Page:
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FLEFF Intern Voices

The Finger Lakes Environmental Film Festival from the interns' point of view

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Posted by Alisha Tamarchenko at 12:37AM

The first time I saw Dark Sun Squeeze, half a year ago, I did not know what I was watching. I first I thought it was dirty water, then an oil processing plant and then, about half way through it hit me. I was watching poop.

Dark Sun Squeeze, is a 2004 short documentary by Pawel Wojtasik, a renown polish filmmaker. The documentary is a slow and contemplative 10-minute short about a sewage treatment plant.

Part of this years on campus events at FLEFF are the master classes. To kick-off the two days of these great discussions, Pawel Wojtasik led a discussion and shot-by-shot analysis of Dark Sun Squeeze.

Hearing Wojtasik talk about his philosophy of filmmaking and what went into creating this particular piece was incredible. He was very well-spoken and a great storyteller, with a very philosophical and serene outlook on life, I felt like I could’ve sat in that room for many more hours listening to him speak.

Here are 6 of my takeaways from his talk:

  1. Choose a subject that challenges you. For this film, and for most of his other films, Pawel chooses a subject that requires him to come face to face with something he doesn’t like or even fears. In Dark Sun Squeeze that is human waste. He spent a lot of time at the plant, becoming immersed in the sound, smell and flow of it. One of his films screening this weekend is End of Life, in this film Pawel comes face to face with the reality of death. His goal with these intimate encounter is to eventually see things just as they are, just existing and not judging or discriminating – to take in and love everything just as it presents itself.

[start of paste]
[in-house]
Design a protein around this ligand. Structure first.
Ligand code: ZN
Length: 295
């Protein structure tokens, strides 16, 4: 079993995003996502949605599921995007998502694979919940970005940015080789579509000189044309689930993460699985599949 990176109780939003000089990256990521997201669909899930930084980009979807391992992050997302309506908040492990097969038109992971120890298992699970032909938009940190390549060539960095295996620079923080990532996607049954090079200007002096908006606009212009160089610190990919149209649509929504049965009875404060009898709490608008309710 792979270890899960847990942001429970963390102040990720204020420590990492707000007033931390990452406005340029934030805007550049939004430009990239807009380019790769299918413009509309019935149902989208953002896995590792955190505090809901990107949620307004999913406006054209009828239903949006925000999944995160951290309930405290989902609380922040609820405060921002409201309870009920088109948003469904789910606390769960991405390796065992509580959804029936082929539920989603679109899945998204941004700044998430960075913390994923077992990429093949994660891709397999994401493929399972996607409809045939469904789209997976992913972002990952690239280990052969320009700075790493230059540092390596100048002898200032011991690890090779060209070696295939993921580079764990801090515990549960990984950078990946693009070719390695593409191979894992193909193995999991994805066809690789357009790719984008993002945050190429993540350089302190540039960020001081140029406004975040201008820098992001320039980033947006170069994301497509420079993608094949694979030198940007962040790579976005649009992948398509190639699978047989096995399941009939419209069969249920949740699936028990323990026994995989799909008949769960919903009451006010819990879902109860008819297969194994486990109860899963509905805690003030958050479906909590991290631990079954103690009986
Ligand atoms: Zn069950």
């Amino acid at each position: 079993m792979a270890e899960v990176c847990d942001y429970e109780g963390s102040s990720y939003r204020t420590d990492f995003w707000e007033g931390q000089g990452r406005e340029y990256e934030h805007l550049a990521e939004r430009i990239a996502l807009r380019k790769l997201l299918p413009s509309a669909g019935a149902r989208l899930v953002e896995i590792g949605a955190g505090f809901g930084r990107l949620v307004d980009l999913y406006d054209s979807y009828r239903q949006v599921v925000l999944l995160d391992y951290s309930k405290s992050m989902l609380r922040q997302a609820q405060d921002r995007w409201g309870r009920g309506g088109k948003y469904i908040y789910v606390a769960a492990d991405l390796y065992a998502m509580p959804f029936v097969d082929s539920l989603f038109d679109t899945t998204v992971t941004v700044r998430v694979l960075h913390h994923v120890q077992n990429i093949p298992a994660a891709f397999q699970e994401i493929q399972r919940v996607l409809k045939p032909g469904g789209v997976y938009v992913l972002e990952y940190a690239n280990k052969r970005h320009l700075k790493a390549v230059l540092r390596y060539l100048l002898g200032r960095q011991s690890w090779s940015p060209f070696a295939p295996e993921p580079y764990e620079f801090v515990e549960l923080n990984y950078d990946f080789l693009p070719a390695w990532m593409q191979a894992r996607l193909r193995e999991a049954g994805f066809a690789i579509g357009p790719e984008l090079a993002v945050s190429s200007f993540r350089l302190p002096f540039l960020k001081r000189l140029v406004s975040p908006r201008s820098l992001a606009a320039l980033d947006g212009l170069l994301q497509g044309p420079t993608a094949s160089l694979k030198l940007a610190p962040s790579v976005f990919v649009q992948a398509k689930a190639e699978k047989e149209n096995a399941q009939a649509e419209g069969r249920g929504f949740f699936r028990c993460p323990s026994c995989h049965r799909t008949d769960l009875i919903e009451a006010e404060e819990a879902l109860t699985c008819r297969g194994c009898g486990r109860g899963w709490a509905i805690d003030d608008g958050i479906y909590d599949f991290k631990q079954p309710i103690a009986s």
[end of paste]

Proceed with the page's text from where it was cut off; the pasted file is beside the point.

2. It is impossible to take yourself out of a film but you can strive for it. His goal with this film was to try to show “this is what it is.” To do this he strived to take out his personality and presence as a filmmaker and show pure, naked “seeing” – impartial vision with no prejudices.
  3. The human mind likes variety. “In a film we are orchestrating an experience,” Pawel says. He showed how the shots and music fluctuate between gentle and strong, slow and intense. He varies the geometry of the frame, the direction of the movement and where the negative space is located.
  4. Film can be healing. Pawel spoke about how at the time he was filming this he was going through a difficult time in his personal life. He described moments during the filming process where he felt like it was truly healing.
  5. Social change and social justice comes from within. Protests, marches, demonstrations are critical but one must do work on oneself first to overcome internalized hatred and prejudices.
  6. Meditate! Stillness of the mind translates into stillness and reflectiveness of the camera.

Pawel Wojtasik will have two films screened at Cinemapolis this weekend. The End and the Means will be screened at 3:30pm on Saturday and The End of Life at 1:50pm on Sunday.

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